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Asperger syndrome in childhood - personality dimensions in adult life: temperament, character and outcome trajectories
Gothenburg Univ, Sahlgrenska Acad, Inst Neurosci & Physiol, Gillberg Neuropsychiat Ctr, Gothenburg, Sweden;Uppsala Univ, Ctr Res & Dev, Uppsala, Sweden;Cty Council Gavleborg, Gavle, Sweden.
Lund Univ, Dept Clin Sci, Lund, Sweden.
Gothenburg Univ, Sahlgrenska Acad, Inst Neurosci & Physiol, Gillberg Neuropsychiat Ctr, Gothenburg, Sweden.
Gothenburg Univ, Sahlgrenska Acad, Inst Neurosci & Physiol, Gillberg Neuropsychiat Ctr, Gothenburg, Sweden.
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2016 (English)In: BJPsych Open, E-ISSN 2056-4724, Vol. 2, no 3, p. 210-216Article in journal (Refereed) Published
Abstract [en]

Background Temperament and character have been shown to be important factors in understanding psychiatric and neurodevelopmental disorder. Adults with autism spectrum disorder (ASD) have repeatedly been shown to have a distinct temperament and character, but this has not been evaluated in relation to psychiatric comorbidity and ASD diagnostic stability. Aims To examine temperament and character in males that were diagnosed with ASD in childhood and followed prospectively over almost two decades. Method Temperament and character were assessed in 40 adult males with a childhood diagnosis of ASD. Results were analysed by the stability of ASD diagnosis over time and current psychiatric comorbidity. Results Three distinct temperament and character profiles emerged from the data. Those no longer meeting criteria for ASD had high reward dependence while those with a stable ASD diagnosis and psychiatric comorbidity showed elevated harm avoidance and low self-directedness and cooperativeness. Finally, those with a stable ASD and no comorbidity showed low novelty seeking and somewhat elevated harm avoidance. Conclusions Temperament and character are important factors correlated with long-term diagnostic stability and psychiatric comorbidity in males diagnosed with ASD in childhood.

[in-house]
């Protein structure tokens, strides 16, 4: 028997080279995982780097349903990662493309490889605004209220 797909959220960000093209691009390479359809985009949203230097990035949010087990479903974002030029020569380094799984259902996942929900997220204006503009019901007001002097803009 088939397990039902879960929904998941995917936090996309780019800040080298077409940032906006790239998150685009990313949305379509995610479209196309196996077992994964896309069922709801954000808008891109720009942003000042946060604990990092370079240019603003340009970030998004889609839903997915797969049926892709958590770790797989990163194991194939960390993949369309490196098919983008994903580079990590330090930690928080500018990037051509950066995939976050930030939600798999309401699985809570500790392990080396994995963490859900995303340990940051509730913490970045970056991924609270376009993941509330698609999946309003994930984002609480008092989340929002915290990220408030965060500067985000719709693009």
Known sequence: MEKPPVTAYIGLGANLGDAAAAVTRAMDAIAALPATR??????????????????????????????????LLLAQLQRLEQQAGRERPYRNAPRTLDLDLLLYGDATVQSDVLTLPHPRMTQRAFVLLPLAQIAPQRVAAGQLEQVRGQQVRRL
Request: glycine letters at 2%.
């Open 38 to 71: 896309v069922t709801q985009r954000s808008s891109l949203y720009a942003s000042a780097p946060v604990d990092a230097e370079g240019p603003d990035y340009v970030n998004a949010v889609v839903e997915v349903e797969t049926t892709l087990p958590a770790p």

Place, publisher, year, edition, pages
ROYAL COLL PSYCHIATRISTS , 2016. Vol. 2, no 3, p. 210-216
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Psychiatry
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URN: urn:nbn:se:uu:diva-400801DOI: 10.1192/bjpo.bp.116.002741ISI: 000408511000004PubMedID: 27703778OAI: oai:DiVA.org:uu-400801DiVA, id: diva2:1382589
Available from: 2020-01-03 Created: 2020-01-03 Last updated: 2020-01-03Bibliographically approved

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